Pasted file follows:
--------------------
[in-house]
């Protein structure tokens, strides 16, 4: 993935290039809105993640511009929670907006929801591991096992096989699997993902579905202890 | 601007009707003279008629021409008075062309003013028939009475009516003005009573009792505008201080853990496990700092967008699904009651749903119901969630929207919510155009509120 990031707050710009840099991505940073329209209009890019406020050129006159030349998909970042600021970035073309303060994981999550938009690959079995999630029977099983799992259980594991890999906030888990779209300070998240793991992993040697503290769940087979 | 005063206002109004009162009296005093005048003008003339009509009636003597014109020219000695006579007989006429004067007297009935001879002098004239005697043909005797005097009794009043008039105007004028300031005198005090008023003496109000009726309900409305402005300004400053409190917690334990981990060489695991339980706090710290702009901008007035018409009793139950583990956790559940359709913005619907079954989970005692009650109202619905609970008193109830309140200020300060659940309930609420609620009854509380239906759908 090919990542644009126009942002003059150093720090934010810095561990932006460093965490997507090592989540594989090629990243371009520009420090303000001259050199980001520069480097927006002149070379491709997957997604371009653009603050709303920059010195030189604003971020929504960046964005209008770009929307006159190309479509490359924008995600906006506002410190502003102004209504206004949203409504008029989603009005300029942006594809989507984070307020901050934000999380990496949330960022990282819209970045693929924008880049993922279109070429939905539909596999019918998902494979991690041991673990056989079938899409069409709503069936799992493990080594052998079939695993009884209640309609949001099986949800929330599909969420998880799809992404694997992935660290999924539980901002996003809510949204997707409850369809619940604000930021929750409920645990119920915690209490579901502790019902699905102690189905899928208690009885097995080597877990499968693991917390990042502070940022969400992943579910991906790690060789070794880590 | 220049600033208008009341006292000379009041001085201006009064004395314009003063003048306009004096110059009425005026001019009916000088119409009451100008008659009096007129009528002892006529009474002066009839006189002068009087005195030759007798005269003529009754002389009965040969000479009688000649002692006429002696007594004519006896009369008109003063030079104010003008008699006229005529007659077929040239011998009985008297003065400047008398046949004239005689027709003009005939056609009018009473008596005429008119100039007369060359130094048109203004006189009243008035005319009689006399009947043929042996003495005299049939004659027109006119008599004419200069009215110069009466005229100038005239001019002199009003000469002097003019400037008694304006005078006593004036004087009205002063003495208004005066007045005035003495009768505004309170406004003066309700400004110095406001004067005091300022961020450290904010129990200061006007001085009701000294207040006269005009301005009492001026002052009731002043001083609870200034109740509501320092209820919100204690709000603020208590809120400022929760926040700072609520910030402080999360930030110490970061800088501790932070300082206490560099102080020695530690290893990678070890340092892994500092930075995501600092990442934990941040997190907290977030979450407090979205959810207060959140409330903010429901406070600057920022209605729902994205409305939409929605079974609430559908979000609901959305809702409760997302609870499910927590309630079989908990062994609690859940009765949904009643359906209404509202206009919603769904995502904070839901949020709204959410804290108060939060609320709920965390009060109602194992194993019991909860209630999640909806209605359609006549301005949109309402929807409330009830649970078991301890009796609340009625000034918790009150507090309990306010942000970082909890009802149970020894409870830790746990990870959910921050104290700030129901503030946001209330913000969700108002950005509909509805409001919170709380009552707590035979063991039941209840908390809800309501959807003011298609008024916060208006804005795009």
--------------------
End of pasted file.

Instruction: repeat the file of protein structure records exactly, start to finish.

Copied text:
[in-house]
């Protein structure tokens, strides 16, 4: 993935290039809105993640511009929670907006929801591991096992096989699997993902579905202890 | 601007009707003279008629021409008075062309003013028939009475009516003005009573009792505008201080853990496990700092967008699904009651749903119901969630929207919510155009509120 990031707050710009840099991505940073329209209009890019406020050129006159030349998909970042600021970035073309303060994981999550938009690959079995999630029977099983799992259980594991890999906030888990779209300070998240793991992993040697503290769940087979 | 005063206002109004009162009296005093005048003008003339009509009636003597014109020219000695006579007989006429004067007297009935001879002098004239005697043909005797005097009794009043008039105007004028300031005198005090008023003496109000009726309900409305402005300004400053409190917690334990981990060489695991339980706090710290702009901008007035018409009793139950583990956790559940359709913005619907079954989970005692009650109202619905609970008193109830309140200020300060659940309930609420609620009854509380239906759908 090919990542644009126009942002003059150093720090934010810095561990932006460093965490997507090592989540594989090629990243371009520009420090303000001259050199980001520069480097927006002149070379491709997957997604371009653009603050709303920059010195030189604003971020929504960046964005209008770009929307006159190309479509490359924008995600906006506002410190502003102004209504206004949203409504008029989603009005300029942006594809989507984070307020901050934000999380990496949330960022990282819209970045693929924008880049993922279109070429939905539909596999019918998902494979991690041991673990056989079938899409069409709503069936799992493990080594052998079939695993009884209640309609949001099986949800929330599909969420998880799809992404694997992935660290999924539980901002996003809510949204997707409850369809619940604000930021929750409920645990119920915690209490579901502790019902699905102690189905899928208690009885097995080597877990499968693991917390990042502070940022969400992943579910991906790690060789070794880590 | 220049600033208008009341006292000379009041001085201006009064004395314009003063003048306009004096110059009425005026001019009916000088119409009451100008008659009096007129009528002892006529009474002066009839006189002068009087005195030759007798005269003529009754002389009965040969000479009688000649002692006429002696007594004519006896009369008109003063030079104010003008008699006229005529007659077929040239011998009985008297003065400047008398046949004239005689027709003009005939056609009018009473008596005429008119100039007369060359130094048109203004006189009243008035005319009689006399009947043929042996003495005299049939004659027109006119008599004419200069009215110069009466005229100038005239001019002199009003000469002097003019400037008694304006005078006593004036004087009205002063003495208004005066007045005035003495009768505004309170406004003066309700400004110095406001004067005091300022961020450290904010129990200061006007001085009701000294207040006269005009301005009492001026002052009731002043001083609870200034109740509501320092209820919100204690709000603020208590809120400022929760926040700072609520910030402080999360930030110490970061800088501790932070300082206490560099102080020695530690290893990678070890340092892994500092930075995501600092990442934990941040997190907290977030979450407090979205959810207060959140409330903010429901406070600057920022209605729902994205409305939409929605079974609430559908979000609901959305809702409760997302609870499910927590309630079989908990062994609690859940009765949904009643359906209404509202206009919603769904995502904070839901949020709204959410804290108060939060609320709920965390009060109602194992194993019991909860209630999640909806209605359609006549301005949109309402929807409330009830649970078991301890009796609340009625000034918790009150507090309990306010942000970082909890009802149970020894409870830790746990990870959910921050104290700030129901503030946001209330913000969700108002950005509909509805409001919170709380009552707590035979063991039941209840908390809800309501959807003011298609008024916060208006804005795009």